The parts supply chain is a complex puzzle. New semiconductor designs continued calls for low-power consumption and shorter life cycles are making supply chain management even more complicated.
The average component life cycle is now only 10 years.
With shrinking life cycles there is a growing sense of urgency for industry professionals. 94% of engineers say they feel greater time pressure and stress to solve problems even more efficiently and effectively than they did just three years ago.
Low-power consumption is accelerating obsolescence.
- PLDs: For programmable-logic devices (PLDs), parts obsolescence is an increasing problem due to rapid innovation in lower-voltage components.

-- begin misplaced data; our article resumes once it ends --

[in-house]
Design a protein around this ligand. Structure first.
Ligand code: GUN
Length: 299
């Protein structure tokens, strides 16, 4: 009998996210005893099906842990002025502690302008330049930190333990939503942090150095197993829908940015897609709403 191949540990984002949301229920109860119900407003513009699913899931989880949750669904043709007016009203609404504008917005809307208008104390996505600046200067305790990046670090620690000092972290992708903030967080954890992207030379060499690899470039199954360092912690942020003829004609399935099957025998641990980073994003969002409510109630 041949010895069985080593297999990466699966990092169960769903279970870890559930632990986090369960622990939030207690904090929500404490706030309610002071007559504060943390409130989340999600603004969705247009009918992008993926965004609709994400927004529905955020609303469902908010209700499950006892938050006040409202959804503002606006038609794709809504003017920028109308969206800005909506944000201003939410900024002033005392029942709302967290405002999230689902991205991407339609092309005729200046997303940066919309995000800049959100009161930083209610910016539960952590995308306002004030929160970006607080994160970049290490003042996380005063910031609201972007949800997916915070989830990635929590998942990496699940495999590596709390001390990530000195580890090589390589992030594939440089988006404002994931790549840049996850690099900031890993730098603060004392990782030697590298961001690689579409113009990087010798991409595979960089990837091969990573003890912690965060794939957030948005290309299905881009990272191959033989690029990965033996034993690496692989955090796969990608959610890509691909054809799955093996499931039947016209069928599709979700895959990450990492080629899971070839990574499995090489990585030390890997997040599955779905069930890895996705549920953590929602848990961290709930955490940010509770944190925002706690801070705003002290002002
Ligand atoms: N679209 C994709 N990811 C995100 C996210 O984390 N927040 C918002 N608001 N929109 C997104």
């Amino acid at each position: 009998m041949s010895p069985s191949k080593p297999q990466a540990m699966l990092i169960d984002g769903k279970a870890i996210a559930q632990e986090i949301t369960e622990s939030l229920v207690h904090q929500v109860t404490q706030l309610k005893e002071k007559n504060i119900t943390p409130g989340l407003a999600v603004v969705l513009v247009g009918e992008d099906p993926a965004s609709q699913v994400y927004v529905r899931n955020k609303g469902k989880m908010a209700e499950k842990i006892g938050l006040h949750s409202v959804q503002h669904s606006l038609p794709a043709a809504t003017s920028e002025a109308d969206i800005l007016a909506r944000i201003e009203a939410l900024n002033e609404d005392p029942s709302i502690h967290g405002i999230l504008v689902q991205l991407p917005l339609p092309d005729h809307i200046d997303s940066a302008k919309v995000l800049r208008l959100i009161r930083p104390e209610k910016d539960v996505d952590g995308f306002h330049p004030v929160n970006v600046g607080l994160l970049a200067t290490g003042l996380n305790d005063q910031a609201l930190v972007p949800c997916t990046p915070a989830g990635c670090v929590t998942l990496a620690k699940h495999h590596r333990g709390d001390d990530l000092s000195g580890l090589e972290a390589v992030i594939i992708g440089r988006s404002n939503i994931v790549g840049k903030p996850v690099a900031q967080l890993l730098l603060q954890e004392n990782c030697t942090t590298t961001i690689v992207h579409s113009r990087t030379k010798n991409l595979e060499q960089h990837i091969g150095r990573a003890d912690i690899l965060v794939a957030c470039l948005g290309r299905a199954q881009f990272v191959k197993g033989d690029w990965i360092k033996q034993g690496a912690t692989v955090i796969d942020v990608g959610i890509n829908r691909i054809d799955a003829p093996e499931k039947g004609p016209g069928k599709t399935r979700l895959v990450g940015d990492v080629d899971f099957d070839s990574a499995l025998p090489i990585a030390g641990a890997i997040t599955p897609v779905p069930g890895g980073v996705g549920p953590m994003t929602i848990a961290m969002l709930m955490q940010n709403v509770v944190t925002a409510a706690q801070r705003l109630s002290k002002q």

- Microprocessors: Almost 2,500 new microprocessor part numbers introduced in 2014 had a nominal supply voltage of 1 volt or less.
- FPGAs: Field-programmable gate arrays (FPGAs) are now typically below 2.6 volts, and fresh upstarts go as low as 0.85 volts.
The unfortunate result of the rising tide of obsolescence is a dramatic increase in counterfeit parts. As obsolescence grows, so does parts counterfeiting. “End-of Life”, “Not Recommended for New Design” and “Discontinued” parts make up 71% of the counterfeit reports since 2013. Counterfeit parts result in $7.5 billion in lost revenue, annually.
Obsolescence impacts everyone in the supply chain
- Procurement Manager:Procurement has become more responsible over the years to ensure the overall success of a company’s supply chain.
- Design Engineer:Design engineers play a critical role in minimizing the impact and costs of parts obsolescence during their product’s life.
- Compliance Manager:Compliance managers must mitigate the heightened risk of counterfeits when parts succumb to obsolescence.
- Component Engineer:Component engineers require access to timely, accurate and complete part data to respond to PCNs and EOL notifications.